Purpose: To examine characteristics of youth homelessness associated with engaging in risk behaviors for human immunodeficiency virus (HIV).
Methods: The sample included 288 currently homeless or runaway Washington, DC youth aged 14-21 years. Measures were self-reported homelessness characteristics, unsafe sexual behavior, injection drug use, and background characteristics. Bivariate and multivariable analyses of the relationships between homelessness characteristics and HIV risk behaviors were conducted.
Results: Both male (n = 140) and female (n = 148) participants reported high rates of unsafe sexual behaviors, but low rates of injection drug use. HIV risk was significantly associated in bivariate analyses with severity of homelessness circumstances (i.e., spending the night in public place or with strangers, going hungry, and participating in the street economy), the duration of homelessness (i.e., greater number of episodes of homelessness, longer time length of current episode), and specific reasons for being homeless (i.e., thrown out). In addition, sexual victimization and older age were associated with increased HIV risk. In multivariable models, a smaller set of these homelessness characteristics remained significant independent correlates and explained a substantial amount of the variation in the HIV risk indices for both males and females.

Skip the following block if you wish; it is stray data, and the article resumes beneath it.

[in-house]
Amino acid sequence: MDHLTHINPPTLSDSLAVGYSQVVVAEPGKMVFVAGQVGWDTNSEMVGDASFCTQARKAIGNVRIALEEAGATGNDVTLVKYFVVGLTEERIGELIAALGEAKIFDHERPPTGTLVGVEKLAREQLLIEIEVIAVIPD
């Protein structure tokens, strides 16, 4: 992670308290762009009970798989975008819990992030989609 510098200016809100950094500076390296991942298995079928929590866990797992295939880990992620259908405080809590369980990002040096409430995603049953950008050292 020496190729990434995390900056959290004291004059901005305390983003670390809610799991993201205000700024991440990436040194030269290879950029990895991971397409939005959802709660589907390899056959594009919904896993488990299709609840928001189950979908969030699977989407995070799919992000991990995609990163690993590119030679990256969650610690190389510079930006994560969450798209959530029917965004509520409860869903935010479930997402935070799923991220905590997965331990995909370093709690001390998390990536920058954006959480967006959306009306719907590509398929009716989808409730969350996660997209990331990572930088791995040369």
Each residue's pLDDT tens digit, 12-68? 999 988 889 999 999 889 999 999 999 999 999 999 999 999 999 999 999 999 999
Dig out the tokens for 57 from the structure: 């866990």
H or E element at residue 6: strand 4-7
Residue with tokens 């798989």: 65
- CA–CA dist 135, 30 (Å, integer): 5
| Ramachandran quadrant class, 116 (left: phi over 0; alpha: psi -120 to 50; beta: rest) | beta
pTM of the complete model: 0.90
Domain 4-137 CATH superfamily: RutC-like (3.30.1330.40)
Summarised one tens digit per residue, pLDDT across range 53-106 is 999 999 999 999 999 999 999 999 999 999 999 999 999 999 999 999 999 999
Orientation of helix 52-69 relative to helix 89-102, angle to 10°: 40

Conclusions: The results contribute to greater theoretical understanding of the characteristics of homelessness associated with increased risk of HIV infection within this vulnerable population of youth. The associations between homelessness characteristics and HIV risk suggest the need for HIV prevention efforts to focus directly on ameliorating the homelessness circumstances of youth.